No wonder who you really are and what your age or history is, keeping your blood pressure tested regularly is a must for people of all ages. It’s because getting low or high blood pressure will be harmful to your health. What’s more, each of these conditions will potentially lead to a variety of several other chronic diseases if left unregulated. For example, the connection between Hypertension (high blood pressure) and heart disease is well recognized.
What Is Natural with Blood Pressure
An American Heart Association reports that blood pressure readings of about 120/80 mmHg are thought to be expected. Pressure measurements above 130/90 mmHg are high and below 90/60 are perceived to be low. A hand exercised, and a successful blood pressure machine is the secrets to holding track on your blood pressure. Other machines can give you false reading if not tested.
However, when you’re at a doctor’s office to monitor your blood pressure-or when you test your blood pressure at home, you should know that the way you put your arms or body will impact blood pressure readings. Besides, whatever your age, your blood pressure readings on each arm will be different. Here’s what you need to learn about the conditions that influence your reading of blood pressure so that you can take better care of your health.
Place of The Arm
Research published in the Journal of Human Hypertension in 2003 describes that leaning your arms on a table when checking your blood pressure is likely to provide very different readings from when your arms rest on your sides. The former location is likely to yield elevated readings, whereas the latter can lower than the real readings. Studies also prescribe that you support your arm when reading so that your elbow lies at the level of your heart.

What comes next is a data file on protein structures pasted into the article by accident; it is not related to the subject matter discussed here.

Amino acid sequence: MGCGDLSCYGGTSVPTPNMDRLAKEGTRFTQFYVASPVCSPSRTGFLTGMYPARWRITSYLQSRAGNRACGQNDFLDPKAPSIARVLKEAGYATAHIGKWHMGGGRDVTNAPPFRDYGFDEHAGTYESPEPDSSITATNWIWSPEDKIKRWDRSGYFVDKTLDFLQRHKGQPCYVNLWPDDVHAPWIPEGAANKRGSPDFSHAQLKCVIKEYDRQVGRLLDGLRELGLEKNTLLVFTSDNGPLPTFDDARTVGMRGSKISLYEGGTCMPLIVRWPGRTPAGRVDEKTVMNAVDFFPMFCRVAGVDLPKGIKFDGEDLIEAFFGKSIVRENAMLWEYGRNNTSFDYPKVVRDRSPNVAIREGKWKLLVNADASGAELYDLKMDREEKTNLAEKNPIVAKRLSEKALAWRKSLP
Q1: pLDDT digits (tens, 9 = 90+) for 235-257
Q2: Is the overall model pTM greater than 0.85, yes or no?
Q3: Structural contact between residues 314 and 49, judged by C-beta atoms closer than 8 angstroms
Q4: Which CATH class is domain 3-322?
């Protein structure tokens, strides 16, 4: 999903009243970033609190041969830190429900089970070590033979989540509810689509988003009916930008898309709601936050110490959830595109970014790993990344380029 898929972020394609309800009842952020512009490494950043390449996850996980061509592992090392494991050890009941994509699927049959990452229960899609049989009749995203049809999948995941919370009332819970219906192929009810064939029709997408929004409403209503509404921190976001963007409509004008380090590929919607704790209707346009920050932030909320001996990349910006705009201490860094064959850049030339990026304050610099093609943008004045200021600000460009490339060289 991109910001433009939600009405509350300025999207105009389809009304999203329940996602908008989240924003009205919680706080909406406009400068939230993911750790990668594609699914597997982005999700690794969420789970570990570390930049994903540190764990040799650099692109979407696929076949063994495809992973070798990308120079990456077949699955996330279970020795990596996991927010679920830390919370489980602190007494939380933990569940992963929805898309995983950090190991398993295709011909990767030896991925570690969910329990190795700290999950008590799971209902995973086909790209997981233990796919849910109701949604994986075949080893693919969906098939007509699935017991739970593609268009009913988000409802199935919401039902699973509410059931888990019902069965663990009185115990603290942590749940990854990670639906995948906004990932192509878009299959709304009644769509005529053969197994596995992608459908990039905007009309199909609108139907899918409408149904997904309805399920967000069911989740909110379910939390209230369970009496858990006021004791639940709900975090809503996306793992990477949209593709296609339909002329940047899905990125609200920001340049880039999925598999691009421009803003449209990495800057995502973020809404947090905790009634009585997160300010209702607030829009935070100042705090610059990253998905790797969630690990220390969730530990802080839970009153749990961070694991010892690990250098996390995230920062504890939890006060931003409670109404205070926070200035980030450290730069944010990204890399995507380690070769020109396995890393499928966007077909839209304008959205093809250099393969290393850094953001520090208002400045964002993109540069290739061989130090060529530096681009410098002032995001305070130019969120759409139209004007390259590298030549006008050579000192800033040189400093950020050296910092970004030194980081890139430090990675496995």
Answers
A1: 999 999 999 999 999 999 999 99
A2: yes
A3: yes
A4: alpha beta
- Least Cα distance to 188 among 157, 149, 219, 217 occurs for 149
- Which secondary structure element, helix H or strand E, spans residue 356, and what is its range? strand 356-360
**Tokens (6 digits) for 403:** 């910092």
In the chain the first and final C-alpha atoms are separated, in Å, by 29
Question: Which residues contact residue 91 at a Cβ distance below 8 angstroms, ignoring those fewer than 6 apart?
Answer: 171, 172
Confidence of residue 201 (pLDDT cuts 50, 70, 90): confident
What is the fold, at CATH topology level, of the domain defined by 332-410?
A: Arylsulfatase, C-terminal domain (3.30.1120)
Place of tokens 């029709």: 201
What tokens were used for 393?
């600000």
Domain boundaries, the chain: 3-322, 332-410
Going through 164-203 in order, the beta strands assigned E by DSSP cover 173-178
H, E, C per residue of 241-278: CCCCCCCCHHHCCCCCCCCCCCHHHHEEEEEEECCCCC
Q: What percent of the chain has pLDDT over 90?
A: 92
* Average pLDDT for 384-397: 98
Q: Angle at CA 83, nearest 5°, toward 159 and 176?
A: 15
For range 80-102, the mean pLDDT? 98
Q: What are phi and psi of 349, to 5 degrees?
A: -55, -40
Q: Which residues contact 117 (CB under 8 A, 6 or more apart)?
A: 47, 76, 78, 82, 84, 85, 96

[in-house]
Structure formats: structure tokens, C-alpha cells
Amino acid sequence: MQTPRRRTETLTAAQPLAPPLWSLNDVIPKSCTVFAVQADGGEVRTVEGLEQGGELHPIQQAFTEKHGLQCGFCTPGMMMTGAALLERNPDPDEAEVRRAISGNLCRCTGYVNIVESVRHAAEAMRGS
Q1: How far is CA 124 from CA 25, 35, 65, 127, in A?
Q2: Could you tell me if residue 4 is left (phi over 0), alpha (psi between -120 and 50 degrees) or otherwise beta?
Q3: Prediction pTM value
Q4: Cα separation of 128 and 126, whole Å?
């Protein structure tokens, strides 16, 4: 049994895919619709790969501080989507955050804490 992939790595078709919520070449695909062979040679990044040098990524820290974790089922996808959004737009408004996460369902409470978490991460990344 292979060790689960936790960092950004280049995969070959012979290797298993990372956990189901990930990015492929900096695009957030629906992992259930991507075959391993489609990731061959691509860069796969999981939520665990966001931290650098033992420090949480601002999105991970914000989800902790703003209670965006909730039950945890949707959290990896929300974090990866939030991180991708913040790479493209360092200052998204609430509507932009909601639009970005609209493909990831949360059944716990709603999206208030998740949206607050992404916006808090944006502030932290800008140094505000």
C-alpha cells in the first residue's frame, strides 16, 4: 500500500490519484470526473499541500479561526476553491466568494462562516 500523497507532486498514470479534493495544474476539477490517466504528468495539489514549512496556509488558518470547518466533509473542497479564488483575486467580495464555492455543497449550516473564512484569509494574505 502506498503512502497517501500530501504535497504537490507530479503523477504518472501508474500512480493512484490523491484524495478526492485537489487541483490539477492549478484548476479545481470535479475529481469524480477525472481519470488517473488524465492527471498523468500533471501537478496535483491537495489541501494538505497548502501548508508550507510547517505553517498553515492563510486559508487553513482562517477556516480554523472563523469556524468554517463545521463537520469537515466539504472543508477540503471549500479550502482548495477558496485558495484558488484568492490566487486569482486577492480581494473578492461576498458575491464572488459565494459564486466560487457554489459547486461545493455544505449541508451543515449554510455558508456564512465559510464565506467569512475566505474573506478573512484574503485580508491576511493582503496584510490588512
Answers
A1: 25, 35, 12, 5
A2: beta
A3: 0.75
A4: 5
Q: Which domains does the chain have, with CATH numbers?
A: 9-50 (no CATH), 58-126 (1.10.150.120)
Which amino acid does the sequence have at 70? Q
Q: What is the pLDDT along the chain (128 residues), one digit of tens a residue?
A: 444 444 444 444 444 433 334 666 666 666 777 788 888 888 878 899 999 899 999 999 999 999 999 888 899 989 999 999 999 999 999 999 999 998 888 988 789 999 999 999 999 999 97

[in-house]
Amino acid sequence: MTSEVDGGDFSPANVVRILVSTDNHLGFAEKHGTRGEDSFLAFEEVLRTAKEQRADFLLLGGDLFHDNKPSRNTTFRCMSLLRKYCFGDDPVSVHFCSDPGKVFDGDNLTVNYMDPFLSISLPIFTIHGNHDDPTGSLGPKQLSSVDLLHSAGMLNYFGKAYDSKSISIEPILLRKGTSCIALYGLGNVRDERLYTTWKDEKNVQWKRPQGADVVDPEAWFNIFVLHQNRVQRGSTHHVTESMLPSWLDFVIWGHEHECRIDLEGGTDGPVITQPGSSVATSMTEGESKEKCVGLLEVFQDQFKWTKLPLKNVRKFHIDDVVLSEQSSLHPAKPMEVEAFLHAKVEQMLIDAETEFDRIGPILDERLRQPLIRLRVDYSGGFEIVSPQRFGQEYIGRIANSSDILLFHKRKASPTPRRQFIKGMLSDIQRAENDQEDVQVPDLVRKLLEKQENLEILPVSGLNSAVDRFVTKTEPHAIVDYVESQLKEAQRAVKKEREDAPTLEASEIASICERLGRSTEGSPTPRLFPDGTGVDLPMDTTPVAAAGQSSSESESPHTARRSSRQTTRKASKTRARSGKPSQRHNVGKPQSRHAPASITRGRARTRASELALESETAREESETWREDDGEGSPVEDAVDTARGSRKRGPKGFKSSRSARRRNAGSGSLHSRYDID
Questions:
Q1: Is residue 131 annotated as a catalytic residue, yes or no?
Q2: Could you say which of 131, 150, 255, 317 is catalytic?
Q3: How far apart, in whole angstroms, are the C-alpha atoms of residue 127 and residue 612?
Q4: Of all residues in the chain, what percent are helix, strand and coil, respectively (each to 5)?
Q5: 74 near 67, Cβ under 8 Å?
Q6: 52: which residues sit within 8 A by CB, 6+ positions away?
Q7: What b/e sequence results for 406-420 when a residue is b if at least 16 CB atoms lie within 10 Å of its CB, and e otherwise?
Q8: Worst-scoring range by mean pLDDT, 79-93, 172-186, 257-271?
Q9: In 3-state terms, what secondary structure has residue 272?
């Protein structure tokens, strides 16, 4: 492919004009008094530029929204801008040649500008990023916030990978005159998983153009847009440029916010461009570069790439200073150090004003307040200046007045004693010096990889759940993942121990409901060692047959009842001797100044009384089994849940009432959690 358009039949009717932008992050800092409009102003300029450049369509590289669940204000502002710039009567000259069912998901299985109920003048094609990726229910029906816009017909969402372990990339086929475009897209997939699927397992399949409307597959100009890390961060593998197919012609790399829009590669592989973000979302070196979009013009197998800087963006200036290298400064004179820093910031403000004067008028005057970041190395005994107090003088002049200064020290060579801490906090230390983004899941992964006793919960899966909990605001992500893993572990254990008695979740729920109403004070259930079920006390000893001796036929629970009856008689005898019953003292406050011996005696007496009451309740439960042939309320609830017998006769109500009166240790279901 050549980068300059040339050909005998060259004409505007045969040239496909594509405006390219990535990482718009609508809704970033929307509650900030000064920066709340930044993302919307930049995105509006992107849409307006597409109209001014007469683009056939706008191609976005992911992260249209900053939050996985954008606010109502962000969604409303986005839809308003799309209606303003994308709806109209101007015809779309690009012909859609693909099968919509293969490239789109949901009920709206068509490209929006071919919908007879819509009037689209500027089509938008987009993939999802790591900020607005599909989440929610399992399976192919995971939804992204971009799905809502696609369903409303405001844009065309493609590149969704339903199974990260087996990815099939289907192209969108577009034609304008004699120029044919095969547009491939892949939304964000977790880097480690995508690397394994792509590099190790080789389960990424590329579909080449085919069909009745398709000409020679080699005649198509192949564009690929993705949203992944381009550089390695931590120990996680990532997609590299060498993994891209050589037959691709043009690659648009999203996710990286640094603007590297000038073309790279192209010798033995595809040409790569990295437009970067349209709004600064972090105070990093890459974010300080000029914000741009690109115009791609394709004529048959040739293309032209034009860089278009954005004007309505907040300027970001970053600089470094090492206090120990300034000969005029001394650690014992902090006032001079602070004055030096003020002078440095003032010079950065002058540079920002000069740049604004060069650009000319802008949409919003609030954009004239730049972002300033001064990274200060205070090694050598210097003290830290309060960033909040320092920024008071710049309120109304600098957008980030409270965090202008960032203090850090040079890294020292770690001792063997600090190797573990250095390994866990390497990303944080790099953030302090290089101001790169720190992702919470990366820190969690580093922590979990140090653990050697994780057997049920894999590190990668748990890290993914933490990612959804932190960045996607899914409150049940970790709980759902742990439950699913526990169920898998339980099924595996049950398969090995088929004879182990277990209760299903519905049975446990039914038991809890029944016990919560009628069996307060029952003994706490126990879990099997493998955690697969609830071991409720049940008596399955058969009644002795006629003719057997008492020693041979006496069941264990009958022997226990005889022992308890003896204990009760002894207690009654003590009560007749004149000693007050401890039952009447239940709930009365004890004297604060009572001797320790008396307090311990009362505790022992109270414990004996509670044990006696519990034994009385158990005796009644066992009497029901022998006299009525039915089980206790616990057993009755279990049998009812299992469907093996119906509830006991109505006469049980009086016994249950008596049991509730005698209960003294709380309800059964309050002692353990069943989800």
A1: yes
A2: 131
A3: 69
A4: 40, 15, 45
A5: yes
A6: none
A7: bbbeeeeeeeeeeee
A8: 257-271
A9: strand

Place of The Body
Research published in the Journal of Clinical Nursing in 2007 shows those blood pressure readings taken as you lay down or stand up are more likely to be distorted. When you get up, the blood runs to your feet, which is likely to send lower upper body readings. It’s probably the same when you lay down to check blood pressure. So, it’s better to sit straight while the blood pressure is tested.
The Harvard Health Publishing article notes that blood pressure readings can differ based on which arm you take it from. This disparity between readings in different arms might be only a few mmHg, but tests suggest that if the difference between the arms is greater than 10 mmHg, it does not bode well for your wellbeing.
Recent research released in Hypertension explains that if systolic blood pressure tests (the upper number) in both arms indicate a discrepancy of even 5 mmHg, the risk of all-cause and cardiovascular mortality rises. This research shows that the 10-mmHg difference is the upper limit of stock and that it is best to test your blood pressure on both arms to determine the risk of heart failure better.
So, in conclusion, the easiest way to test your blood pressure is to remain straight when your right arm is at the level of your heart. It is similarly vital to calculate the changes in blood pressure between your arms every time you go in for a check-up.